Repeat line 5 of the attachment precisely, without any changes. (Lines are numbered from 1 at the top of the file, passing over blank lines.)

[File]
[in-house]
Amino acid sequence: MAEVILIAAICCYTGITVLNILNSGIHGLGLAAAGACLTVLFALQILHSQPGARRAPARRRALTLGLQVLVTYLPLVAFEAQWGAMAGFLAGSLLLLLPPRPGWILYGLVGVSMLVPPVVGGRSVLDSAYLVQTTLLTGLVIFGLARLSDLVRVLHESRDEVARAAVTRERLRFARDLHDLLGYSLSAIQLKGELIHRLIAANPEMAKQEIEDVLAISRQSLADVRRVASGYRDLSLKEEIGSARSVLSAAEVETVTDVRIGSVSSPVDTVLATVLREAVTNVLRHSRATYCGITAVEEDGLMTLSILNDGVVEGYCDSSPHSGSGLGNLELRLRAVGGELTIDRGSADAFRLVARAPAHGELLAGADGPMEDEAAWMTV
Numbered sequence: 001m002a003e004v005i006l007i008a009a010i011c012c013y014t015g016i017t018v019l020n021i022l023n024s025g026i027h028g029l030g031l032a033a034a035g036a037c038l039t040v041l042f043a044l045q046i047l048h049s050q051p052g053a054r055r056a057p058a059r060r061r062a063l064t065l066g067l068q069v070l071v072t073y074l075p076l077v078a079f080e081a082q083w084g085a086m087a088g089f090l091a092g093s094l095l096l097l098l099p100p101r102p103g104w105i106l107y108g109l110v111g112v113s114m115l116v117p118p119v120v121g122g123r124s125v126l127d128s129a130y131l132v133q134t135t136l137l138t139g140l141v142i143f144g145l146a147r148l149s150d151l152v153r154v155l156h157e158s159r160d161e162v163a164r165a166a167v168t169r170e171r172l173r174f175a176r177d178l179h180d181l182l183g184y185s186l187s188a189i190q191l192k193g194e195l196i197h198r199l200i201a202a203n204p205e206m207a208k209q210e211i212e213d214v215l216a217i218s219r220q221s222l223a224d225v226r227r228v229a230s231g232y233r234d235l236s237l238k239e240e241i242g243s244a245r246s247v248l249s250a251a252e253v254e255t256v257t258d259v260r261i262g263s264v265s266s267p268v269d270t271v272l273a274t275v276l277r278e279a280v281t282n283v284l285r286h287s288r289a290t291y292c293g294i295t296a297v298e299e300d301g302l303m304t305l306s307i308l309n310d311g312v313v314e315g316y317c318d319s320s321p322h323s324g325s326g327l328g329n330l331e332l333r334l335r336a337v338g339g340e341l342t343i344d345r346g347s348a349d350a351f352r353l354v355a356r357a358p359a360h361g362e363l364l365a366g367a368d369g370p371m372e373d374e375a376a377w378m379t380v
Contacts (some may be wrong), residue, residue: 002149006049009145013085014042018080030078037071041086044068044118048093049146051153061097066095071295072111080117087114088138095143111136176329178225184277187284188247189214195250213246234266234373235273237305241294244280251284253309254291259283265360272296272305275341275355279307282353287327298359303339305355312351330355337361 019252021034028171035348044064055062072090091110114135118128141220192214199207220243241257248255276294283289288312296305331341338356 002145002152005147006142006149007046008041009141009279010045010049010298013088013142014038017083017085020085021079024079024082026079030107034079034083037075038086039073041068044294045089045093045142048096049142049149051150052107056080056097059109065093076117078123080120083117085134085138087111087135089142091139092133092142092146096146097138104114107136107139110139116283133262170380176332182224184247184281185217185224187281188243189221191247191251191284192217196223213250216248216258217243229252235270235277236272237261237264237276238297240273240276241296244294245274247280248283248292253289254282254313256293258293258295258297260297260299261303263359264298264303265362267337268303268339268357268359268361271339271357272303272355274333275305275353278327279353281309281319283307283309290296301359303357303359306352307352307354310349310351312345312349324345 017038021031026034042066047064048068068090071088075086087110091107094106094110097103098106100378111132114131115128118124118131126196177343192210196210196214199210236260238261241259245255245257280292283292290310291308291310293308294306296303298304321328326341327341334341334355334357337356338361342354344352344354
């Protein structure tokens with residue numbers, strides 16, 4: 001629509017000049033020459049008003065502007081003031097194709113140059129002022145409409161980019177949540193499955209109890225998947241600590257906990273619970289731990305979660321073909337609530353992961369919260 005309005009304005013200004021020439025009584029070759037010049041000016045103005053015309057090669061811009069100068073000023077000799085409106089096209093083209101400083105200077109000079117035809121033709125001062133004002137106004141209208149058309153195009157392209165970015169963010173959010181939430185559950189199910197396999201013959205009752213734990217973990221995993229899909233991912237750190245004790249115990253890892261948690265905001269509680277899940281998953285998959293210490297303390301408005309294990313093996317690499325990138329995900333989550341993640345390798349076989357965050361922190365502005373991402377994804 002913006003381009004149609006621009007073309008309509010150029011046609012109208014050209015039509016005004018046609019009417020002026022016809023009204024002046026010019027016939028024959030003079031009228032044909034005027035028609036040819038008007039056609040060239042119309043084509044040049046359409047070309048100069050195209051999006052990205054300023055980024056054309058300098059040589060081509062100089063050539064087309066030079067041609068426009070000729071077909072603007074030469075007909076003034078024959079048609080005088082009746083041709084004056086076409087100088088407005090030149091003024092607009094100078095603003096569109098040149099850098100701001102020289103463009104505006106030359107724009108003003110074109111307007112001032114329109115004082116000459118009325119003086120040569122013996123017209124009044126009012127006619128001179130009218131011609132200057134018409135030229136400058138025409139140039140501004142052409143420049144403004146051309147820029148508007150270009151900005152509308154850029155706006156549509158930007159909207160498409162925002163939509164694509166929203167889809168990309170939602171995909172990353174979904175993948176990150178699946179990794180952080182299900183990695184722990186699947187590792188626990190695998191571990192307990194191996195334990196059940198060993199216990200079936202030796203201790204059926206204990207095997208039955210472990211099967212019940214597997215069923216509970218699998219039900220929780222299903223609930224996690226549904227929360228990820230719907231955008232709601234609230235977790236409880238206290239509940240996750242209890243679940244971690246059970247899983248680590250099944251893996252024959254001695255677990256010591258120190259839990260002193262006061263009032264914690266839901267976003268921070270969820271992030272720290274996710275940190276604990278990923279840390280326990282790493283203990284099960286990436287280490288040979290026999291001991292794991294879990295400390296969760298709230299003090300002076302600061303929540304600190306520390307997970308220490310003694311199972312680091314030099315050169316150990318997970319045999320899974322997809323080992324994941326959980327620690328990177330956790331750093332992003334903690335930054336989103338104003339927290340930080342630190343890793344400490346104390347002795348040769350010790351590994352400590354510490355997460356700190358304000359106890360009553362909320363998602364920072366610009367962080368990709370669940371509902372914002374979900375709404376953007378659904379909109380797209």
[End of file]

């Protein structure tokens with residue numbers, strides 16, 4: 001629509017000049033020459049008003065502007081003031097194709113140059129002022145409409161980019177949540193499955209109890225998947241600590257906990273619970289731990305979660321073909337609530353992961369919260 005309005009304005013200004021020439025009584029070759037010049041000016045103005053015309057090669061811009069100068073000023077000799085409106089096209093083209101400083105200077109000079117035809121033709125001062133004002137106004141209208149058309153195009157392209165970015169963010173959010181939430185559950189199910197396999201013959205009752213734990217973990221995993229899909233991912237750190245004790249115990253890892261948690265905001269509680277899940281998953285998959293210490297303390301408005309294990313093996317690499325990138329995900333989550341993640345390798349076989357965050361922190365502005373991402377994804 002913006003381009004149609006621009007073309008309509010150029011046609012109208014050209015039509016005004018046609019009417020002026022016809023009204024002046026010019027016939028024959030003079031009228032044909034005027035028609036040819038008007039056609040060239042119309043084509044040049046359409047070309048100069050195209051999006052990205054300023055980024056054309058300098059040589060081509062100089063050539064087309066030079067041609068426009070000729071077909072603007074030469075007909076003034078024959079048609080005088082009746083041709084004056086076409087100088088407005090030149091003024092607009094100078095603003096569109098040149099850098100701001102020289103463009104505006106030359107724009108003003110074109111307007112001032114329109115004082116000459118009325119003086120040569122013996123017209124009044126009012127006619128001179130009218131011609132200057134018409135030229136400058138025409139140039140501004142052409143420049144403004146051309147820029148508007150270009151900005152509308154850029155706006156549509158930007159909207160498409162925002163939509164694509166929203167889809168990309170939602171995909172990353174979904175993948176990150178699946179990794180952080182299900183990695184722990186699947187590792188626990190695998191571990192307990194191996195334990196059940198060993199216990200079936202030796203201790204059926206204990207095997208039955210472990211099967212019940214597997215069923216509970218699998219039900220929780222299903223609930224996690226549904227929360228990820230719907231955008232709601234609230235977790236409880238206290239509940240996750242209890243679940244971690246059970247899983248680590250099944251893996252024959254001695255677990256010591258120190259839990260002193262006061263009032264914690266839901267976003268921070270969820271992030272720290274996710275940190276604990278990923279840390280326990282790493283203990284099960286990436287280490288040979290026999291001991292794991294879990295400390296969760298709230299003090300002076302600061303929540304600190306520390307997970308220490310003694311199972312680091314030099315050169316150990318997970319045999320899974322997809323080992324994941326959980327620690328990177330956790331750093332992003334903690335930054336989103338104003339927290340930080342630190343890793344400490346104390347002795348040769350010790351590994352400590354510490355997460356700190358304000359106890360009553362909320363998602364920072366610009367962080368990709370669940371509902372914002374979900375709404376953007378659904379909109380797209």